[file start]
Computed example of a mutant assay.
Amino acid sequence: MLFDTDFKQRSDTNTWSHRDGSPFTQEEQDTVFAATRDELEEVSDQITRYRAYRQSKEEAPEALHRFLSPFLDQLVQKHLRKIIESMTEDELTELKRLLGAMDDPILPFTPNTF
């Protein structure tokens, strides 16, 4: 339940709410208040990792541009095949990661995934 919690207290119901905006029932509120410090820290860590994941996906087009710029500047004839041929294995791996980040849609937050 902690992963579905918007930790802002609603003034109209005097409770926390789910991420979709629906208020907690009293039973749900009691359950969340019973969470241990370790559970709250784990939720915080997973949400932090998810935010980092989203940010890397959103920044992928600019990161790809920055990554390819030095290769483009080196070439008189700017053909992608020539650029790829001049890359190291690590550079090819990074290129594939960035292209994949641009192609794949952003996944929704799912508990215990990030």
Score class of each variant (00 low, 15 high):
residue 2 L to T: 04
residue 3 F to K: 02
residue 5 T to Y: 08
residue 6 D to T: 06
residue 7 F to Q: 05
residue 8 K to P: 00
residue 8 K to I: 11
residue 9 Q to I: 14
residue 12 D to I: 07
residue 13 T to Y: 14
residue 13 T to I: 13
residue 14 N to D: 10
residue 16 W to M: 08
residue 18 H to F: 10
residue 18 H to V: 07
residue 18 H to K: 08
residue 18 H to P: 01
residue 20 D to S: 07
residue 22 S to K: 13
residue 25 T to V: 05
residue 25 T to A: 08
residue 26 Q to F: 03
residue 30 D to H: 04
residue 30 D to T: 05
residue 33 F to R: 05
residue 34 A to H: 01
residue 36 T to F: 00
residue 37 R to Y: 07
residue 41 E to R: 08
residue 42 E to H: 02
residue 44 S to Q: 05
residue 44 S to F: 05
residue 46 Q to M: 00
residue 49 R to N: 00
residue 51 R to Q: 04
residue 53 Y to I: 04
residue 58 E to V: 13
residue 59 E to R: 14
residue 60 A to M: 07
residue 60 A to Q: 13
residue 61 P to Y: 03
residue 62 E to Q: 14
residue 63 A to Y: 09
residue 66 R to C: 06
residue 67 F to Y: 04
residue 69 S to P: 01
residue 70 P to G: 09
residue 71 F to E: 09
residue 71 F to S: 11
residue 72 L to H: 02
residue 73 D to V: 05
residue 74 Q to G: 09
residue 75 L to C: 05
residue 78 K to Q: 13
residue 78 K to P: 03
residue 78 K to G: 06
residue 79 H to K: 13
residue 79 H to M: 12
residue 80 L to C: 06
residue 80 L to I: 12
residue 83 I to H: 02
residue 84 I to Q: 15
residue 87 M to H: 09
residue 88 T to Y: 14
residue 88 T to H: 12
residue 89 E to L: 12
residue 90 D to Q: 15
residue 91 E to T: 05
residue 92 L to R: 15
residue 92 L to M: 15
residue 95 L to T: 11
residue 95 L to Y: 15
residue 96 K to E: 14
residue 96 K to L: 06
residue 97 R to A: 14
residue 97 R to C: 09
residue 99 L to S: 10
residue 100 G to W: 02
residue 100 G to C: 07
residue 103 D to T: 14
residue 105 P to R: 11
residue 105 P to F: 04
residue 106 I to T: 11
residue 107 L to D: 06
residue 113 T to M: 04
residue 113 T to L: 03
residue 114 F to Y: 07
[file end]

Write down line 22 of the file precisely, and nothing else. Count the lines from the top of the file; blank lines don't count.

residue 20 D to S: 07